How To Lose Control

My sister had a baby a few weeks ago. Her name is Eleanor Elise, and I'm in love. 

As a new parent, like any and all, I'd say one of the biggest things my sister is struggling with is that her life is now…different. Different in a beautiful, positive way, but she's struggling to cope with the lack of the structure of a full-time job and an active social life – not to mention adequate rest. 

We spoke about it the other day – just before she jumped off the phone to clean while the baby was sleeping – and said she was struggling to maintain some sense of control. (There's the word.)

I suggested she make lists to help her feel more organized, and she assured me that she was doing just that as well as keeping a planner on the kitchen table so she could plan anything she could, since babies don't allow you to plan much.

Control. Learning how to give up control. Learning that you can't plan everything. It's awful and painful, isn't it?

As a modern lady, what with my working life and personal life, I absolutely struggle with control "issues" – and I know I'm not alone in this.

If we're lucky, work is something we can more or less control. But when it comes to personal life, that's usually when shit hits the fan. When people and therefore emotions come into play, our ability to control everything is compromised.

I come from a line of planners and by golly, we are proud of it. Actually, I'm sitting here now typing this next to not one but two notebooks full of lists. I'm also feeling super smug about the fact that I'm the first one up in my house, getting shit done.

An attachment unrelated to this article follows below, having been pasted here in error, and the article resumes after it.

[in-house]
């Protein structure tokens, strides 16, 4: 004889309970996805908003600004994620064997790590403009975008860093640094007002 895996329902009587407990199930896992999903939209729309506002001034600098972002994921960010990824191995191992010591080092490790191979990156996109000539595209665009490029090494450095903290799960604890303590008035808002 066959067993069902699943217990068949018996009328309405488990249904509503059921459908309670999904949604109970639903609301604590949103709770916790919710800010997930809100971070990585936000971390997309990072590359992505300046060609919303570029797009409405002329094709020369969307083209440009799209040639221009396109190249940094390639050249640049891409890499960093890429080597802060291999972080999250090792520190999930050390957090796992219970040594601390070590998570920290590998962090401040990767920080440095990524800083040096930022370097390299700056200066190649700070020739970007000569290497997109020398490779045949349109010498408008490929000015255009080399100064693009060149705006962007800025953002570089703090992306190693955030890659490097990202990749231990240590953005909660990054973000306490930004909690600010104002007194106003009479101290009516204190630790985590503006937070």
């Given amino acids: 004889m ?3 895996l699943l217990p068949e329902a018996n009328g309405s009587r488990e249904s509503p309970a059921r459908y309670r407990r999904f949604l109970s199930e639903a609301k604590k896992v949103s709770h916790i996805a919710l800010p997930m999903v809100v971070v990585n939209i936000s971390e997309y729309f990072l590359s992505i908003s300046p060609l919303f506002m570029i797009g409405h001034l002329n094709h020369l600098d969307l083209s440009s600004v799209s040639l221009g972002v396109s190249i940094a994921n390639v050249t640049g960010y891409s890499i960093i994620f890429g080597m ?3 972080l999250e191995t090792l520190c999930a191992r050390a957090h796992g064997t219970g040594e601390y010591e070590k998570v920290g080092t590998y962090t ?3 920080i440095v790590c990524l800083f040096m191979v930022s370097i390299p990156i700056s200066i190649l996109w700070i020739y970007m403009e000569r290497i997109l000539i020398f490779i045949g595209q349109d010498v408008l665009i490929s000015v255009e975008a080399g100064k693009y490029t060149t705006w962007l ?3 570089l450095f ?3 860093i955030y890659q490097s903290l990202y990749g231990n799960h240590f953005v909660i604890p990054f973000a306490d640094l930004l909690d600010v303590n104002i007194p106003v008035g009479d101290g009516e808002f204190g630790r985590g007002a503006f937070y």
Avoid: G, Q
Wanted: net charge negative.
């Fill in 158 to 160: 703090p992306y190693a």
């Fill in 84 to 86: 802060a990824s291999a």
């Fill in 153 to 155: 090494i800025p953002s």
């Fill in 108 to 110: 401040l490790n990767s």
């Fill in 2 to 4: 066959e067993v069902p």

But what I'm learning is that while it's always good to organize, and it's great to plan, having control of your life and what happens in it is not something that you can always, well, control.

I started to see all of this first-hand when I moved to London two years ago. Prior to that, I'd been living with one of my best friends in Brooklyn for a few years. 

Then, I got married, and moved into a flat with two dudes in another country (one of them was my husband – I'm not completely insane), and experienced the rainiest, chilliest summer I've ever seen. 

In hindsight, I spent the first few months – if I'm honest – completely panicking. Dusting everything in site, rearranging my husband's (now our), bedroom, checking for added sugar content on labels, literally taking everything off of his walls and re-arranging it into collages by color palette.

And why did I do this? Aside from my background in design and general obsession with all things visual, I needed things to be in an order that I recognized.

I'd (willingly and excitingly) left my job and the city I loved to live with the person I love in a country I was excited to try out, but everything was different and there was nothing I could do about it.

In the world of foreign-born spouses, expat experiences and visas, I've learned that you can't always be in control. And if living in another country isn't a lesson in giving up control, then I don't know what it is. 

For now, my sister and I are both coping with our situations. She's learning that being a brand new mother means that your child is in control, and I'm learning the patience needed to deal with the slew of paperwork that's required when you live abroad.

It's a growing experience for both of us, and while I can't pretend that we'll come out  less controlling on the other side, I know that we are both gaining a lot from our experiences and learning more patience.

If nothing else, I guess at the end of the day we can always compare lists.

Photos by D Watterson III and me